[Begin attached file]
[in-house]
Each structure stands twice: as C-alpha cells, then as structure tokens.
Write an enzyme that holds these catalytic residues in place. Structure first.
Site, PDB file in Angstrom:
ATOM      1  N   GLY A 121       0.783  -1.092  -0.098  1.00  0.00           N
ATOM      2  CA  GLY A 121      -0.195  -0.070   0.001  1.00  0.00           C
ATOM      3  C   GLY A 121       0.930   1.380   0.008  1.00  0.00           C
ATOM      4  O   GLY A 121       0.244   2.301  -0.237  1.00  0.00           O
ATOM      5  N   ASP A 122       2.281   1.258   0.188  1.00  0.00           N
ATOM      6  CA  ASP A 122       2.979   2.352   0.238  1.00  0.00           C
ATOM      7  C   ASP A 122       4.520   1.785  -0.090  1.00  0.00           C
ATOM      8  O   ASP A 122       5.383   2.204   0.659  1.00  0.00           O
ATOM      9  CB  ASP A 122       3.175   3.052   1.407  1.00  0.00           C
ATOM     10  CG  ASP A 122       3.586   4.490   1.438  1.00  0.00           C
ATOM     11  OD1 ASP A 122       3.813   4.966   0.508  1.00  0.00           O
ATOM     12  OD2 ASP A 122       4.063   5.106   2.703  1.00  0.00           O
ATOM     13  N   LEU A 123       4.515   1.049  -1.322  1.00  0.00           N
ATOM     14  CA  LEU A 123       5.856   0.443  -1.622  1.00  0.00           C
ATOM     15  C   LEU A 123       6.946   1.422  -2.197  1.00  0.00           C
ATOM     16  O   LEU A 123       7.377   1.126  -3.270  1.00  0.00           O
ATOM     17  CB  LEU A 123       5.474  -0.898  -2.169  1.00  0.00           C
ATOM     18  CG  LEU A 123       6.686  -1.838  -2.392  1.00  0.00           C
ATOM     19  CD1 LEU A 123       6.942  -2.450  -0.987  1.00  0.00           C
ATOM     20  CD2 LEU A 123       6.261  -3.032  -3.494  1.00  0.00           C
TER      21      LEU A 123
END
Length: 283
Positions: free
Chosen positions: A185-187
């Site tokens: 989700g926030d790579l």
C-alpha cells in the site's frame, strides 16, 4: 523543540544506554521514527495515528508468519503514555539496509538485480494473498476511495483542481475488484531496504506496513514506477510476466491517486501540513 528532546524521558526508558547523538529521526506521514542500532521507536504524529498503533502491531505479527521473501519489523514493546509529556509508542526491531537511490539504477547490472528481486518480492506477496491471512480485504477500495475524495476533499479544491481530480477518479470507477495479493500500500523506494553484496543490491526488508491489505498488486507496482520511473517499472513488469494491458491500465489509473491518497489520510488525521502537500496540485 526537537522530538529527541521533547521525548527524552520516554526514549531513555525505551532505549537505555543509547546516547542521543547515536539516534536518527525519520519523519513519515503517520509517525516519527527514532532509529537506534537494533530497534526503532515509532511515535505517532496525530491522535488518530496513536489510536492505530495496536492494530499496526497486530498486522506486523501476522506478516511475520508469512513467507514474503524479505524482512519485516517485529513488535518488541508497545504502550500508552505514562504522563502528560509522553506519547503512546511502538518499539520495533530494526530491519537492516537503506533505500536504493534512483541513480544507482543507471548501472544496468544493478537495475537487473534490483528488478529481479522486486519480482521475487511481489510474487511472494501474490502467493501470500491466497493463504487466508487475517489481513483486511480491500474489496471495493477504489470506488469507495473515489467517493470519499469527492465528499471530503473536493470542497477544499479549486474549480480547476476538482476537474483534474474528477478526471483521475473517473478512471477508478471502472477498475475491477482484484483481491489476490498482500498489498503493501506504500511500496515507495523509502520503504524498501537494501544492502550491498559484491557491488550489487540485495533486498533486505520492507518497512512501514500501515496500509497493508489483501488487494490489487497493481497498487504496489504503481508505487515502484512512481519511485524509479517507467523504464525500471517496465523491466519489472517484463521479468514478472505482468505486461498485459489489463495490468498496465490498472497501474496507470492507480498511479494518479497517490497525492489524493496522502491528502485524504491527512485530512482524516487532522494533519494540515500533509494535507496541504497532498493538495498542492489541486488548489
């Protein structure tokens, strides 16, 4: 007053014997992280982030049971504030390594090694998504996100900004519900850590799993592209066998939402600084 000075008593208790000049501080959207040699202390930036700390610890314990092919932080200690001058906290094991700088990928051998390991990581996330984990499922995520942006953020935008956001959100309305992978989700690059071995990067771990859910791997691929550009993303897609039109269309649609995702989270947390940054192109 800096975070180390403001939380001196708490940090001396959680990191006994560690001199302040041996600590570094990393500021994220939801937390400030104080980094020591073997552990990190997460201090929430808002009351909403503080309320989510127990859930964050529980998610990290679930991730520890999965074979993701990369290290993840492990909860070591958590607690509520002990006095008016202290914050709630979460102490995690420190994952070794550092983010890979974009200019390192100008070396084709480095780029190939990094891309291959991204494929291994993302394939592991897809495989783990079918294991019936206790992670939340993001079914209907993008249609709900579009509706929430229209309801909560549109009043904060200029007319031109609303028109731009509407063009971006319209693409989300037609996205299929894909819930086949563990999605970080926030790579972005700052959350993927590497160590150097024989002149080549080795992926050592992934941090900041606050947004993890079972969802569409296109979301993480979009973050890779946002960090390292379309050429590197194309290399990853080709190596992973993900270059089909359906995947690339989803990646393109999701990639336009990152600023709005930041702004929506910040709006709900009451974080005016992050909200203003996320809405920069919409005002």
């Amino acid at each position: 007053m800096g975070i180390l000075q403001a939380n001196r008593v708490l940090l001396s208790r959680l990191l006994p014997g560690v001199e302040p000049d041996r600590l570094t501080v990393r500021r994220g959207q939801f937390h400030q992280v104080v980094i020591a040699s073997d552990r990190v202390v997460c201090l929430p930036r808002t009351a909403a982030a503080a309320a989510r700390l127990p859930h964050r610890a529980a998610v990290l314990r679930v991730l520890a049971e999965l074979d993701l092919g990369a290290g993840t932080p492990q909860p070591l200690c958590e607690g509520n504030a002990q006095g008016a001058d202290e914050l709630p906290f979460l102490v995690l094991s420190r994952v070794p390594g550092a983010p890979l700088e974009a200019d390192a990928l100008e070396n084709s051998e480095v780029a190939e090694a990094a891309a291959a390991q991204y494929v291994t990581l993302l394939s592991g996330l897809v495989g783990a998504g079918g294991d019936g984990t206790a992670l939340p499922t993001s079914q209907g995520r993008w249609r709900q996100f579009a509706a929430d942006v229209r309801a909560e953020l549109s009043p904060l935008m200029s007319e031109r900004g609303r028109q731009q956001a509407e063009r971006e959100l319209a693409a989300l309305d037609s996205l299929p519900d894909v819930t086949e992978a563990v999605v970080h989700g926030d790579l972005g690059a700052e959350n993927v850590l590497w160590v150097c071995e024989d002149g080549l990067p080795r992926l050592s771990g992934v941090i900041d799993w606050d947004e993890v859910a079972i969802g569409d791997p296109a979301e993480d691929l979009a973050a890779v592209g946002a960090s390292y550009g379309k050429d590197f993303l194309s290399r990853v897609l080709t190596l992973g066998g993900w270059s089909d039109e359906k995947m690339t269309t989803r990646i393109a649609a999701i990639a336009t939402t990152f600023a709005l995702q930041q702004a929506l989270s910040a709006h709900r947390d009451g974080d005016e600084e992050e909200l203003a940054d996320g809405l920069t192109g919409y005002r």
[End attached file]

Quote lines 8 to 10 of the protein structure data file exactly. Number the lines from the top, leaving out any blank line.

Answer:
ATOM      4  O   GLY A 121       0.244   2.301  -0.237  1.00  0.00           O
ATOM      5  N   ASP A 122       2.281   1.258   0.188  1.00  0.00           N
ATOM      6  CA  ASP A 122       2.979   2.352   0.238  1.00  0.00           C